There’s been a lot of talk during recent years about whether poker should be considered a sport or not. Both groups, those supporting the idea and those opposing it, have their arguments, and they all have some merits. This article will not be dealing with the aforementioned topic, but it serves as an apt introduction to the actual topic. There is one thing that makes poker different than most sports or competitive activities out there; how good you are directly correlates with how much money you’ve won playing.
There are clearly exceptions to this rule and further arguments could be made about it, but in general, people playing poker professionally are in it primarily for the money. Sure, competition is nice, outplaying the best players in the world is fun, but sitting in a game with a couple of guys who are pretty much clueless about poker and have an endless supply of money would probably constitute the ultimate dream of every professional player.
The biggest poker games usually revolve around one or two whales – and they are the topic of this article. The term whale simply describes a person who is far out of his or her league, but still sits down to play because they have a lot of money at their disposal and they don’t mind losing it. So we bring you a couple of the most famous whales of poker known to human kind.
There are probably very few poker fans who haven’t heard about Andy Beal’s clash against ‘The Corporation.’ A very successful Dallas businessman, Beal’s wealth is estimated to be $11 billion, according to Forbes. While his business capability clearly cannot be disputed, his poker skills are not on a matching level.
Beal started playing poker when he was in college and took a real liking for the game. But in 2001, after spending some time on brushing up his skills, he felt ready to take on the best in the world. He knew what would attract the elites and he put an obscene amount of money on the line as a challenge. He was spot-on in his predictions.
Once the sharks feel the blood in the water, they will not give up until they capture their prey. The only problem pros had was matching Beal’s amount of money, as he was only interested in playing the highest stakes. That’s when The Corporation was born – a team of several professional players who put their funds together to play the businessman. The fact that they were all willing to put in basically most of their net worth into this match should have sounded an alarm bell in his head. But his ego was too big.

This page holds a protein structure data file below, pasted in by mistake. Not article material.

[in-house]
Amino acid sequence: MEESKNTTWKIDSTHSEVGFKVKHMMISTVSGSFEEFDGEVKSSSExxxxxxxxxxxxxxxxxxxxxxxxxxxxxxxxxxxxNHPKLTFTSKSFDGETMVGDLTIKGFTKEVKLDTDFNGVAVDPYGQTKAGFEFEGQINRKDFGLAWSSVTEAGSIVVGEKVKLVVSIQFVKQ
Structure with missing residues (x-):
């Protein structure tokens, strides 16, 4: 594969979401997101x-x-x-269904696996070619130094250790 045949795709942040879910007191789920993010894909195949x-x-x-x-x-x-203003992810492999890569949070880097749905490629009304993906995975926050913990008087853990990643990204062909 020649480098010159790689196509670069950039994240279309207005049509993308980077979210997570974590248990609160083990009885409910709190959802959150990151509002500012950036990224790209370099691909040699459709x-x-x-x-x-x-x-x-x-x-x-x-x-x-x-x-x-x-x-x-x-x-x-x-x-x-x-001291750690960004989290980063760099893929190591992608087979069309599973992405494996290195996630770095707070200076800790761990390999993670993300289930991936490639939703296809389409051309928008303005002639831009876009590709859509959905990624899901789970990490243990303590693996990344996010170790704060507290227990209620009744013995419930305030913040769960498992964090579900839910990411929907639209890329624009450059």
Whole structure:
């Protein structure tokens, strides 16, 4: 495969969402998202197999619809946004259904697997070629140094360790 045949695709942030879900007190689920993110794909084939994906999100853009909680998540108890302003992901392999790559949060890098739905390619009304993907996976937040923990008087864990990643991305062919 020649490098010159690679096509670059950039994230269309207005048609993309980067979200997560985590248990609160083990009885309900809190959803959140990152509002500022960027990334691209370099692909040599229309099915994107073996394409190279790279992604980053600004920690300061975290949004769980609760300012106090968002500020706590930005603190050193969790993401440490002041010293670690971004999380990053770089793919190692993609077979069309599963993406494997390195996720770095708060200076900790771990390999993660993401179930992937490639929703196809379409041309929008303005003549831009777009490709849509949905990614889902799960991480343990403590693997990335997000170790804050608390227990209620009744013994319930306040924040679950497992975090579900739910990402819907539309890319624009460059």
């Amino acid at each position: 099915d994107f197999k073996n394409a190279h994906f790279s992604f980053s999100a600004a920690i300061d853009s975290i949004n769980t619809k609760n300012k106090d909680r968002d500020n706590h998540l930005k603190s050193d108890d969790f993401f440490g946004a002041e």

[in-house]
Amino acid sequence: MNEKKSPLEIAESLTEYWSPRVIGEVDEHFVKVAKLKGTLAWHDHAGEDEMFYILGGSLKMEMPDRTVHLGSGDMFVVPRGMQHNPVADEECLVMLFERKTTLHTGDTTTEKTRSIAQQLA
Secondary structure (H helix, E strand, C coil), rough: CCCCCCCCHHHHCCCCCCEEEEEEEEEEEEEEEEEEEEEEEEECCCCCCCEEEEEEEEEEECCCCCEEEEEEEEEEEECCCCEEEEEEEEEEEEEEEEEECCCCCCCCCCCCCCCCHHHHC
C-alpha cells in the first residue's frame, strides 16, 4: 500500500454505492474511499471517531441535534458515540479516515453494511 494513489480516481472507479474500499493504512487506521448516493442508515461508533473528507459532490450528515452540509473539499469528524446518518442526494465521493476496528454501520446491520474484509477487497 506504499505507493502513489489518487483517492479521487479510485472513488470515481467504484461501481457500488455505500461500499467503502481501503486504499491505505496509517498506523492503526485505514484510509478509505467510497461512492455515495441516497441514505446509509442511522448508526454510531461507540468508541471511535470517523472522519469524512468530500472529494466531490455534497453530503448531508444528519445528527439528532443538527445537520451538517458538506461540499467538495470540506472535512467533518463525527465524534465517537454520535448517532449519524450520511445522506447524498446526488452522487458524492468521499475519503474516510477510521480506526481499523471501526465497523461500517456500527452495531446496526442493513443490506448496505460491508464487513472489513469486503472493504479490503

Over the course of three years, playing against different professionals from The Corporation that included the likes of Doyle Brunson, Gus Hansen, Ted Forrest and, eventually, Phil Ivey, the billionaire proceeded to lose more than $16 million. He left Vegas and vowed to never play against them again – a promise he would fail to keep.
He returned in 2006 with a new challenge and The Corporation was all over it. This time, however, he started off on a heater, nearly depleting The Corporation’s initial bankroll. But they were all professionals and knew it was just variance. Beal apparently didn’t.
The pros regrouped and decided to send in the heavy artillery. They selected the one player many of the great players consider the best there is. When Beal sat across Phil Ivey, he was drawing dead; he just didn’t know it yet.
Ivey proceeded to destroy the Dallas banker in the ultra high-stakes match, returning all of the previous losses and winning $6.5 million on top. At this point, Beal decided he had enough. He stopped the challenge, returned home, and hasn’t issued a new one again. Although financially this probably didn’t influence him much, it was a huge hit on his ego, causing him to finally quit. The Corporation was certainly sad to see him leave.
I almost feel bad writing about Laliberté. Overall, he is a great guy, devotes a lot of his time to different charities and he seems like a nice person. But when it comes to poker, he cannot be omitted from the list.
The founder of Cirque de Soleil, Guy’s fortune is estimated to be around $1.8 billion, according to Forbes’ list for 2014. Although it seemed he would probably spend his life as a performer, in 1984 he started Cirque de Soleil, which should have been a one-year project, but it turned out Laliberté would strike gold with it, as it soon became one of the greatest spectacles in the world.